The Fourth Doctor’s main console room definitely has the classic look. With its silver walls, roundels and bright lights, it’s very similar to the original set from 1963.
However, it is the first TARDIS to have proper pillars, giving it a very Greek temple feel, and it also comes with a fresh console featuring a new red Time Rotor.
We like this redesign, but by this point in the show they were doing so much with other spaceship sets, for instance The Ark in Space, that it looks a bit sparse and simple by comparison. All in all, it could have done with a slightly more drastic update.
7. Twelfth Doctor
Although very similar to the Eleventh Doctor’s second TARDIS, this sleek silver model is far more suited to Peter Capaldi’s Doctor.
You could easily expect the man who wears sunglasses and plays guitars on tanks to live in this darker, metal model. Plus, the design is massively improved by the use of warm orange lighting rather than eerie green and over the three seasons, the Twelfth Doctor really made the space his own with the addition of bookcases, chalk boards, and a sneaky drinks cabinet.
6. Fifth Doctor
This techno TARDIS was just perfect for the '80s. Moving away from the simpler design of previous years, this TARDIS got a flashy new console packed with way more buttons, lights, and screens.
Although the rest of the interior stayed white, the addition of the colourful panels and shiny controls was enough to give the space a refresh, which is probably why it stayed the same up until the TV Movie.
5. Eighth Doctor
How cruel is it that we never got more time with this one? In the Paul McGann TV movie, we get exactly what Jon Pertwee’s first TARDIS should have been: part time machine part cosy sitting room.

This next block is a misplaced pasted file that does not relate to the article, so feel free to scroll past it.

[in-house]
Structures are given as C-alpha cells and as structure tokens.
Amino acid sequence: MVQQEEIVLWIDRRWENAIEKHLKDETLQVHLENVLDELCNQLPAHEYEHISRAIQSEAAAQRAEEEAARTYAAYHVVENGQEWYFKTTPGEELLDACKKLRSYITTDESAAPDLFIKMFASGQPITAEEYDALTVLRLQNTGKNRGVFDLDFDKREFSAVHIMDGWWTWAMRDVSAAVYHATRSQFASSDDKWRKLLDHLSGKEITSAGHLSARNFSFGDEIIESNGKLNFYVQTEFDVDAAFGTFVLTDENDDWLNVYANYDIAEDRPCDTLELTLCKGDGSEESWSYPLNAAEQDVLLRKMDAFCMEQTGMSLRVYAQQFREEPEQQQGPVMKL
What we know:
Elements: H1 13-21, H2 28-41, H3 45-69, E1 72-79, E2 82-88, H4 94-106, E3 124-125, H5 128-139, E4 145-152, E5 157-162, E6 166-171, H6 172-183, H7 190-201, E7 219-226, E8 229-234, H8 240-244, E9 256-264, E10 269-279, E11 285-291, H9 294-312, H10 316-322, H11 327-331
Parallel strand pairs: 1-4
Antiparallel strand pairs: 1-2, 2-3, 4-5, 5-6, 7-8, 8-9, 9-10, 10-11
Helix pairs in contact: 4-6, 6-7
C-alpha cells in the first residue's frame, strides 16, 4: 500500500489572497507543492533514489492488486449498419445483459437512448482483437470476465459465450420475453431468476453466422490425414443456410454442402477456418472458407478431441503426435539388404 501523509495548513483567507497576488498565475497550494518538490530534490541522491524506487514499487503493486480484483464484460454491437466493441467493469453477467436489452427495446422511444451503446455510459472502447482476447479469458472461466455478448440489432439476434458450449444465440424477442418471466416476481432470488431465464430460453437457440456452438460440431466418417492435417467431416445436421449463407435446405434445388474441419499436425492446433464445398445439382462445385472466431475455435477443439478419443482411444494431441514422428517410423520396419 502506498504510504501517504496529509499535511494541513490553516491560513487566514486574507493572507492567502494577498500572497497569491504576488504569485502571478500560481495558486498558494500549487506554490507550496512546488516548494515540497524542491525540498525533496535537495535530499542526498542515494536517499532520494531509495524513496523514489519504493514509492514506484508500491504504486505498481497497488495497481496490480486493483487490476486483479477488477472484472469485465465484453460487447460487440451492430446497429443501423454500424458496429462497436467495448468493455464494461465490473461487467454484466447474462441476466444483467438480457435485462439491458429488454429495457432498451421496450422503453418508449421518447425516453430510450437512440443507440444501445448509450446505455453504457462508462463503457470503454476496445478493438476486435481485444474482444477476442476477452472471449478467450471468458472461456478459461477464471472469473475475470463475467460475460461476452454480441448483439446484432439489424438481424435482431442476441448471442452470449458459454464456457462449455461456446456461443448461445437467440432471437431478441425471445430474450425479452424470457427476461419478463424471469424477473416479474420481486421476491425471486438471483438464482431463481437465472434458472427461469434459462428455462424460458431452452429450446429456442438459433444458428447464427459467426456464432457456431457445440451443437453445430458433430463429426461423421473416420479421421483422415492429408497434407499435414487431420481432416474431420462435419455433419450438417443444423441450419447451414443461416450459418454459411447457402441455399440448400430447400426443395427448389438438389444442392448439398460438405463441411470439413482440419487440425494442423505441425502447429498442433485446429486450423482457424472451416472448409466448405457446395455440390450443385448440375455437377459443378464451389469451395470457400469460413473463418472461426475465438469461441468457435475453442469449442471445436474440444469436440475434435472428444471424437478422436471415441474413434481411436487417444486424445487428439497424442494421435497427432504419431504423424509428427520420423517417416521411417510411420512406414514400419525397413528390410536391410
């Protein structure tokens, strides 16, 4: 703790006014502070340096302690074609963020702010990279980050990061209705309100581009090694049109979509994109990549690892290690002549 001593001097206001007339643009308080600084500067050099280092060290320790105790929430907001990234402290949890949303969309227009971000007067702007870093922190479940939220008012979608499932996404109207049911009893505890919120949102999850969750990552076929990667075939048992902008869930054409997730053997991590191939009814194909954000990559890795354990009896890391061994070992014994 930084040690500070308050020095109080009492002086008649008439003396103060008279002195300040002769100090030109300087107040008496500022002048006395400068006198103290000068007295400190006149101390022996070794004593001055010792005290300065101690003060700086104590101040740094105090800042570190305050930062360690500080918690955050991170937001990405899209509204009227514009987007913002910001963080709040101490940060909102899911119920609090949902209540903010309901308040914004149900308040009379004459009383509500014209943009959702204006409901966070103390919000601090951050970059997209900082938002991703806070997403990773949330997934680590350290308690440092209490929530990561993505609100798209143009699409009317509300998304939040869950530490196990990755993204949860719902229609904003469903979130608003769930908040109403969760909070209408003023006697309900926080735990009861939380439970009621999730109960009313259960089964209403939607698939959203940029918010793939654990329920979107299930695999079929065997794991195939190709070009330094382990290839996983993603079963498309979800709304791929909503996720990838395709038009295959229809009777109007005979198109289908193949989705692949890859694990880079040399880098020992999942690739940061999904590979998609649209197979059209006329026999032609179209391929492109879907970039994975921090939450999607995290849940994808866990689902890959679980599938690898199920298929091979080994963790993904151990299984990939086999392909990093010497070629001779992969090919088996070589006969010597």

With its armchairs, rugs and walls lined with books, this TARDIS feels like a space The Doctor would actually live in. Plus, it’s got a brand-new bronze console and metal columns that still make it feel like a magical alien world.
4. Fourteenth Doctor
As millions tuned into The Star Beast on Saturday night, everything seemed to hinge on the reveal of the brand-new TARDS... and we were not disappointed.
In this list, there's been a lot of talk about the blending of old and new, and this TARDIS does it better than ever before.
Mixing the grandeur and scale of Matt Smith's first TARDIS with the gleaming white alien-ness of William Hartnell's original set, this spaceship spectacularly pays homage to the last 60 years while also driving us forward into an exciting new (and high budget) era. Let's just hope Donna's coffee hasn't ruined it!
3. First Doctor
Without this TARDIS, Doctor Who would never have become the show it is today. Not only is this the one that started it all but it’s also an incredible design.
The control room is large and airy, perfect for the Doctor’s original three-person posse. Then, you have the contrast of the high-tech roundels with the Doctor’s earthly antiques, which shows off exactly who he is.
Last of all, the console, with its buttons and dials, sharp hexagonal design and a moving time rotor that defined an entire genre. It may have been made in the '60s, but this room is nothing but timeless.
2. Ninth/Tenth Doctor
Who could ever forget the moment Billie Piper’s Rose stepped into the TARDIS for the first time? In one second, saw everything the show was and would be again.
The Ninth and Tenth Doctor’s TARDIS had all the elements from the classic series, except with an overgrown, earthy look that made the space so magical for new viewers.
With its bendy pillars and green central column, it wasn’t difficult to think of the room as an alien world, and yet it never felt dark or too strange, always making the audience feel safe inside it. Plus, with this model we got to stare right into the heart of the TARDIS itself.
1. Eleventh Doctor – first TARDIS
Matt Smith’s first TARDIS was truly the epitome of a mad man with a box. This TARDIS felt like something out of Alice and Wonderland or Narnia with its many staircases and corridors branching off. But at the same time, it was the pinnacle of sci-fi technology. The glass panels, bright lights and gloriously shiny buttons are iconic.
We were truly fortunate to see the Doctor spend so much time in this TARDIS. It was large, warm, inviting and perfectly captured the essence of this era of Doctor Who. This was also the TARDIS we probably learnt the most about with features like the scanner and zig-zag plotter pointed out to us across several episodes. Oh yeah, and we actually got to meet her.